Best to get welding cable from a welding supply store. But get the ends from a good auto supply. They are much cheaper and they look better than welder terminal connectors.
You put the terminal connector in a vise and heat it with a small torch and stick the end of the cable in after heating it too and melt some solder in. Have a glass of water handy to cool the whole ting with.
Some say you must run the ground cable to one of the starter bolts. I dissagree. The frame is a better conductor than 3 feet of battery cable.


Top of pagePrevious messageNext messageBottom of page Link to this message  By Verne Shirk on Monday, December 21, 2009 - 12:08 am:

I've cranked mine by hand (don't have a starter), when the temp was 45-50 deg. F (30W oil) and it was extremely hard to do. I just about didn't get it started. In warm weather, it is no problem to start.
Verne


Top of pagePrevious messageNext messageBottom of page Link to this message  By Kenneth W DeLong on Monday, December 21, 2009 - 12:29 am:

The best way to learn is by experance so use the starter on the front of the engine and i think you will drain the hd30!! 50 plus years ago Tin Lizzie said the equiv oil of the time for the model T was thought to be SAE-10!! 50 years later the Vintage Ford says 5 w 30 and i think they ment year round for the model T world?? Bud.


Top of pagePrevious messageNext messageBottom of page Link to this message  By Royce Peterson on Monday, December 21, 2009 - 08:05 am:

I use 5W-30 year round. It works fine. I normally never use a starter unless the car stalls in a busy intersection. The cars all start on one or two quarter pulls when cold. No reason to use a starter.


Top of pagePrevious messageNext messageBottom of page Link to this message  By Steven Augustinovich on Monday, December 21, 2009 - 08:51 am:

Nothing like cold weather to bring out electrical problems!


Top of pagePrevious messageNext messageBottom of page Link to this message  By John Mays on Monday, December 21, 2009 - 10:35 am:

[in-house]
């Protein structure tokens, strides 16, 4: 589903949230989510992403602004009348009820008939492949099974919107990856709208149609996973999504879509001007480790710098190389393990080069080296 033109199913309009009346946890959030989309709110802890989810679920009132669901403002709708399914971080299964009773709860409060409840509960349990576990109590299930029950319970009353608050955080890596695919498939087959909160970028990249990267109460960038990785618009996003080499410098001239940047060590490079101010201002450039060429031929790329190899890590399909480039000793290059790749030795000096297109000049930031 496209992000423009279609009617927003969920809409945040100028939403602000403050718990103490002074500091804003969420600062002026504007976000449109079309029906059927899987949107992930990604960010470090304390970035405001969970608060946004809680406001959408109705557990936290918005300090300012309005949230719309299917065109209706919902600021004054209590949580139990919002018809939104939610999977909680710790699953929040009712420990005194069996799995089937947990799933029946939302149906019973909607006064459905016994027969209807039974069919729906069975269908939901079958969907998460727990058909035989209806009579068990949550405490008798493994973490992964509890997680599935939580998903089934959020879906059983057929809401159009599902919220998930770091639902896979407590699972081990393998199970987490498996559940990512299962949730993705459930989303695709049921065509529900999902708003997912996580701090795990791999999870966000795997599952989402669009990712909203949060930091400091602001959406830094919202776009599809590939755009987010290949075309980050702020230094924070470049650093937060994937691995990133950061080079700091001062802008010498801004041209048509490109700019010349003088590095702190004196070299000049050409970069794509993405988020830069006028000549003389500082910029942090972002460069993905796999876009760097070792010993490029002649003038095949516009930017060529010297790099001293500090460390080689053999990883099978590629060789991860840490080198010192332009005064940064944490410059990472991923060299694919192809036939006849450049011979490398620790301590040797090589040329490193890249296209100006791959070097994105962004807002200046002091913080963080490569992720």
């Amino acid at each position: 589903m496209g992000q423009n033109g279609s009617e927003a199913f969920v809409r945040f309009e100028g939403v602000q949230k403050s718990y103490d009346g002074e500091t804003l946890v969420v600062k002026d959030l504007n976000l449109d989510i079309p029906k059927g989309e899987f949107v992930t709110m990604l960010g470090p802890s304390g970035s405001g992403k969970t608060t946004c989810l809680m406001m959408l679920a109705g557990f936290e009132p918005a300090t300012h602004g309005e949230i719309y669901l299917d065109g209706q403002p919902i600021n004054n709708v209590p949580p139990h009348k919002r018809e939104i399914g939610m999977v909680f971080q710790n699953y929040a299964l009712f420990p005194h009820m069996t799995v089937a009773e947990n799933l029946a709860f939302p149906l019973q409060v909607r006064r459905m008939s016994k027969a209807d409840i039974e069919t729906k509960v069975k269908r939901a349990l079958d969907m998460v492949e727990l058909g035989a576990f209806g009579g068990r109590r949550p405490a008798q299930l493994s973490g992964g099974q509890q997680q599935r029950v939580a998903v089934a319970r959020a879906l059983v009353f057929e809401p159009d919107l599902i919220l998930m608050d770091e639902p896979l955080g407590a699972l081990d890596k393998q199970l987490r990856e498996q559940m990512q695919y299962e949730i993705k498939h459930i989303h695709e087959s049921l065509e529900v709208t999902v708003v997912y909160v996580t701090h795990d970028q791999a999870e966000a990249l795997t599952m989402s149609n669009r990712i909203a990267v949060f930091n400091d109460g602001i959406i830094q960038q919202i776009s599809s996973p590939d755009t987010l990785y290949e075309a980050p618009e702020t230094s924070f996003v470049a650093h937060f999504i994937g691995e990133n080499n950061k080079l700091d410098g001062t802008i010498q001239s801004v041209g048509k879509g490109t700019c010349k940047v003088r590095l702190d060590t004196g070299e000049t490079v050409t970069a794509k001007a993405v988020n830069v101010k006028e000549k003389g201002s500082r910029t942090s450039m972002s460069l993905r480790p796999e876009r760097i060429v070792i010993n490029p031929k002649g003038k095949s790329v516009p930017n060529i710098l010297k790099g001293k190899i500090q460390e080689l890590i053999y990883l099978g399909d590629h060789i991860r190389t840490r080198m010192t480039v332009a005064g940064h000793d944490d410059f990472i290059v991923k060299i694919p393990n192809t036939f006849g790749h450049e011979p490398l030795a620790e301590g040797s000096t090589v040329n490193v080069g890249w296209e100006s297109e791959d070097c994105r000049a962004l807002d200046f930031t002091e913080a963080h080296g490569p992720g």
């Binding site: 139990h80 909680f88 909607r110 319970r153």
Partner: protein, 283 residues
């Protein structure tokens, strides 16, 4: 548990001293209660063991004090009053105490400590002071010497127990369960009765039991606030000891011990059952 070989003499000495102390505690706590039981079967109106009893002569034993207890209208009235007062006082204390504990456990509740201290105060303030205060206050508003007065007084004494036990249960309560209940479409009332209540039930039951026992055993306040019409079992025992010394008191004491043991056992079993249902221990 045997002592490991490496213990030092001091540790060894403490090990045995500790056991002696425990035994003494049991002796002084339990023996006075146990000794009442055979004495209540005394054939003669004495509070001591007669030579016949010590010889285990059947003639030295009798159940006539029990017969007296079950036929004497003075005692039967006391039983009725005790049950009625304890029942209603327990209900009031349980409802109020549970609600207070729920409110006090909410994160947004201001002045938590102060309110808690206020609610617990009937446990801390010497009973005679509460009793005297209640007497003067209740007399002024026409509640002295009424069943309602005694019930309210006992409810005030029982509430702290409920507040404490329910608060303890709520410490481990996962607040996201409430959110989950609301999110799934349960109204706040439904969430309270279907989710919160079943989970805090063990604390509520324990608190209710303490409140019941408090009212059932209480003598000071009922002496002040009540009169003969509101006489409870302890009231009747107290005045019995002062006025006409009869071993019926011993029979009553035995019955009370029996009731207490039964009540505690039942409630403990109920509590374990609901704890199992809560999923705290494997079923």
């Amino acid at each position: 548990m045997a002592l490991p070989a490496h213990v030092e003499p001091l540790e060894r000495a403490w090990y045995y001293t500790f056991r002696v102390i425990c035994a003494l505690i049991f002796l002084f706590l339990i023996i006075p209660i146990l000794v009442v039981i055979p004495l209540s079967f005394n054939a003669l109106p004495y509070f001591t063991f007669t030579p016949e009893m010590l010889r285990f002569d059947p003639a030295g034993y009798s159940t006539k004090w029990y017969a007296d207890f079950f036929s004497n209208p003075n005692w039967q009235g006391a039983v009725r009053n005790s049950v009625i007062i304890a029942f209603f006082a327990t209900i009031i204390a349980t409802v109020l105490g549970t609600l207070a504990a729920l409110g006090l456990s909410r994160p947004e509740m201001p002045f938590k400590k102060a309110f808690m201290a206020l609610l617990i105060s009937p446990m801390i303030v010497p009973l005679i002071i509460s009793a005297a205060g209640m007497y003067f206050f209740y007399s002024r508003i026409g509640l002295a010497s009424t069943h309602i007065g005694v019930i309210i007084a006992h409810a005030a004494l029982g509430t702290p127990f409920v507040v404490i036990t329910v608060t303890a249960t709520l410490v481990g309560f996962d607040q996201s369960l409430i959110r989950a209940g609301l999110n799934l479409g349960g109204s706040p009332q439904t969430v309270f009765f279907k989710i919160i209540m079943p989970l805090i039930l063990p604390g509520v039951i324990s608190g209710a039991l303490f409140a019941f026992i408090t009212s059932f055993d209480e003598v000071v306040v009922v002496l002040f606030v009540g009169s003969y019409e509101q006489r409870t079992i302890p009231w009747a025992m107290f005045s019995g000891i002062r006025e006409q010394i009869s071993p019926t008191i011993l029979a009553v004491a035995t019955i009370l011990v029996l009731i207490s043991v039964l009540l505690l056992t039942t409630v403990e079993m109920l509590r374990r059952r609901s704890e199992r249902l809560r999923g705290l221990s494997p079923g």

Well, you have given me several things to check. As soon as "SHE" releases me from getting ready for Christmas I'll check them out and let you know what happens. Thanks a lot.


Top of pagePrevious messageNext messageBottom of page Link to this message  By Norman T. Kling on Monday, December 21, 2009 - 11:43 am:

There's a lot more drag in a Model T engine than in a 37. you have the bands and the disks. when the weather gets cold and the oil gets a bit sticky, it is harder to turn the engine over. Jacking up one or two rear wheels will also help you if you put the lever forward. You then eliminate the drag of the clutch disks. A lighter weight oil will also help. A fully charged battery, good connections in all the cables and a good starter switch will all help you to get all the starting power out of your starter.
Norm


Top of pagePrevious messageNext messageBottom of page Link to this message  By John Mays on Monday, December 21, 2009 - 01:09 pm:

Good suggestion on jacking up the rear wheels. I'll try that next. Just came in from jumping across the starter switch and that didn't make any difference at all. Thanks for all the good suggestions.


Top of pagePrevious messageNext messageBottom of page Link to this message  By John Mays on Monday, December 21, 2009 - 01:28 pm:

Hey, jacking up the right rear wheel with the lever forward worked. I did that and the old buggy fired up in about 2 seconds. Thanks a lot for your help. Maybe I'll try some lighter oil for the winter, however we don't have a lot of winter here in Texas--thank goodness.


Top of pagePrevious messageNext messageBottom of page Link to this message  By Henry Petrino on Monday, December 21, 2009 - 02:27 pm:

John,
If you jack up one or both rear wheels be very carful to use something "solid", not prone to wobble or wiggle. Also, it's probably a good idea to chalk the front wheels (and the other rear that's not jacked up). It's never happened to me, but I've heard stories of folks being chased or run over by a suddenly starting Ford when it jumped off the jack.

Just be careful!


Top of pagePrevious messageNext messageBottom of page Link to this message  By John Mays on Monday, December 21, 2009 - 02:52 pm:

Thanks, good idea and I'll be sure to have some chocks with me. I used to fly a small plane a lot and I have used them many times for good reason. Thanks again.


Top of pagePrevious messageNext messageBottom of page Link to this message  By Kenneth W DeLong on Monday, December 21, 2009 - 05:05 pm:

John,Sorry to have to say it,but i think jacking up a rear wheel is for little kids!! I live in central Mich and i stem wind both T's year round!! Yes i have jacked up a rear wheel on a T to start it but after i learned how to start and maintain a T,i now make the T work for me instead of me for it!! Way to old fat and lazy to do things the hard way!! Bud.